- Prone to flooding, Settler\'s Grove acts as a natural fire extinguisher.
In about 900 A.D., in the forests of what is now North Idaho, a cedar sprout poked through the ground near a small stream. Meanwhile, Danish Vikings sacked the city of London for what would be the last time, algebra was in its infancy and Russia had just been founded.
More than a millennium later, the same cedar is still standing.
Settler’s Ancient Cedar Grove, which is up the north fork of the Coeur d’Alene River, is one of three spots in the region offering a cool, shaded walk over groomed trails, and of the three, is easily the most accessible by car.
It’s awe-inspiring to be in the presence of a living organism that old. Diane Robbins of Star Valley, Wyo., visited Settler’s Grove in 2007 when she lived in Osburn, Idaho. The grandmother of five is back vacationing the historic mining area and included a trip to see the trees again with her grandkids.
“I just wanted them to learn a little about history,” she says.
These cedar trees have withstood the elements, fires, drought and the advancement of Western civilization. They’re not threatened by the logging industry anymore because the grove is federally protected.
Jason Jerman, a silviculturist (someone who specializes in the cultivation of forest trees) for the U.S. Forest Service in Coeur d’Alene, says a tree is defined as “ancient” when its trunk diameter exceeds 5 feet. Many of the trees in Settler’s Grove easily exceed that.
“Most of those trees are well over 500 years old,” Jerman says.
That was around the time of the Catholic Reformation, Columbus beginning his third voyage to the New World and Leonardo da Vinci beginning work on the Mona Lisa.
The largest tree in the grove has a diameter of about 9 feet, which Jerman estimates makes it about 1,200 years old.
Jerman says that accurately determining a cedar’s age is difficult because of a number of variables like weather patterns, the abundance of moisture and the environment where the tree starts out. If it’s surrounded by a lot of older trees, they will absorb more moisture from the ground, making it more difficult for the younger saplings. Once the older trees die or are removed, the younger ones get more nutrients and sunlight.
He adds that the large trees are more than 120 feet tall, but many are hollow due to fire or disease. Because of cedars’ resilience, the disease or damage only affects the tree for a while, until it grows over the affected area. On the outside, a solid surface with thick bark will grow; on the inside will be holes and cavities. As a result, it can be nearly impossible to get a good core sample, which shows the yearly growth rings throughout the life of the tree and provides the most accurate way of determining a tree’s age.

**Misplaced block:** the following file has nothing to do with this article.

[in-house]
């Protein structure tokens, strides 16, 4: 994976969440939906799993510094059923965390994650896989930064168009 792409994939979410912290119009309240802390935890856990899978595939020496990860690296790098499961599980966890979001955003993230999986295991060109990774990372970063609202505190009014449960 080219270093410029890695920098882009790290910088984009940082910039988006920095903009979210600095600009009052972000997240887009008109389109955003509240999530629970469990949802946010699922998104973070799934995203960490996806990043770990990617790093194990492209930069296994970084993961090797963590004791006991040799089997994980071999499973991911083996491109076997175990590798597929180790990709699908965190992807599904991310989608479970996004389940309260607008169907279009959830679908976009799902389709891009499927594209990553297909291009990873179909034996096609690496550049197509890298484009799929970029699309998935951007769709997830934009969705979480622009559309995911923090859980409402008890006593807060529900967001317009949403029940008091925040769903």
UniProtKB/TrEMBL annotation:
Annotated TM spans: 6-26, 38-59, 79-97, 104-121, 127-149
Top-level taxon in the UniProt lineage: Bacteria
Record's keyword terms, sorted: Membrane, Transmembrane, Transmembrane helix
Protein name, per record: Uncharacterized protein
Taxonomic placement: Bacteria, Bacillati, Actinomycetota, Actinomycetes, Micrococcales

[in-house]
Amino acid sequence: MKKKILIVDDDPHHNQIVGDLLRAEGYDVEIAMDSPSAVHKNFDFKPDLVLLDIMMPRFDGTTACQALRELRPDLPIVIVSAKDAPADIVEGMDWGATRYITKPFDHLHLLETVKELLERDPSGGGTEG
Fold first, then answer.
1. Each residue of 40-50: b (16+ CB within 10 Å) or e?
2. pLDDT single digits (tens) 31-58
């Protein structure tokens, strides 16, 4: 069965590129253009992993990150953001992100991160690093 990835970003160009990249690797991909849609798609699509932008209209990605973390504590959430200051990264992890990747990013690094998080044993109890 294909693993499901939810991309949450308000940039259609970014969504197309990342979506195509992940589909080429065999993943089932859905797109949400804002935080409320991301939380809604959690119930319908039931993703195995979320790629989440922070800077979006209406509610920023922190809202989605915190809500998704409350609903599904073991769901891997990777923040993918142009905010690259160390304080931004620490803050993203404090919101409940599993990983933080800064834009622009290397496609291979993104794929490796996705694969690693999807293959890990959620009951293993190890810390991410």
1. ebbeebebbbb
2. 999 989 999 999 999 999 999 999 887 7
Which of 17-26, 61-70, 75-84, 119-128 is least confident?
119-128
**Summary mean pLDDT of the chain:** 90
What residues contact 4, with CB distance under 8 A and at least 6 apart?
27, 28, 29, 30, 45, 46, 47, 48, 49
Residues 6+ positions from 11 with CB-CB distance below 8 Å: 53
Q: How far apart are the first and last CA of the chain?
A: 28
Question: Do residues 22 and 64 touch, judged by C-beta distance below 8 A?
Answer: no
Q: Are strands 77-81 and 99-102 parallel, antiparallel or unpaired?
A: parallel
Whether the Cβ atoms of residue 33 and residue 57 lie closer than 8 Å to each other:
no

One factor working in this particular grove’s favor is that its environment is prone to flooding. “It’s sort of a natural fire extinguisher,” Jerman says.
On the other hand, snow does quite a number on the cedars. The grove is cluttered with the remains of trees that have toppled over as a result of accumulation. In many cases, root beds the size of a Chevy Suburban have been ripped out of the ground as a tree fell.
Settler’s Grove is easy to reach by car. Halfway between Prichard and Murray, Idaho, turn left and drive about 6 miles. The last 4 are a dirt road.
Aside from the fresh air and pleasant silence of the remote area, walking through the grove makes you think of what it would be like to be in the same spot, listening to the same trickle of the same small stream, for longer than any human could comprehend: before European settlers arrived in the Inland Northwest, before the Civil War, even before the American Revolution.
These trees have prevailed. They measure how brief a human life is, and prove what was already happening before anyone came along will continue long after someone born today has lived a full life.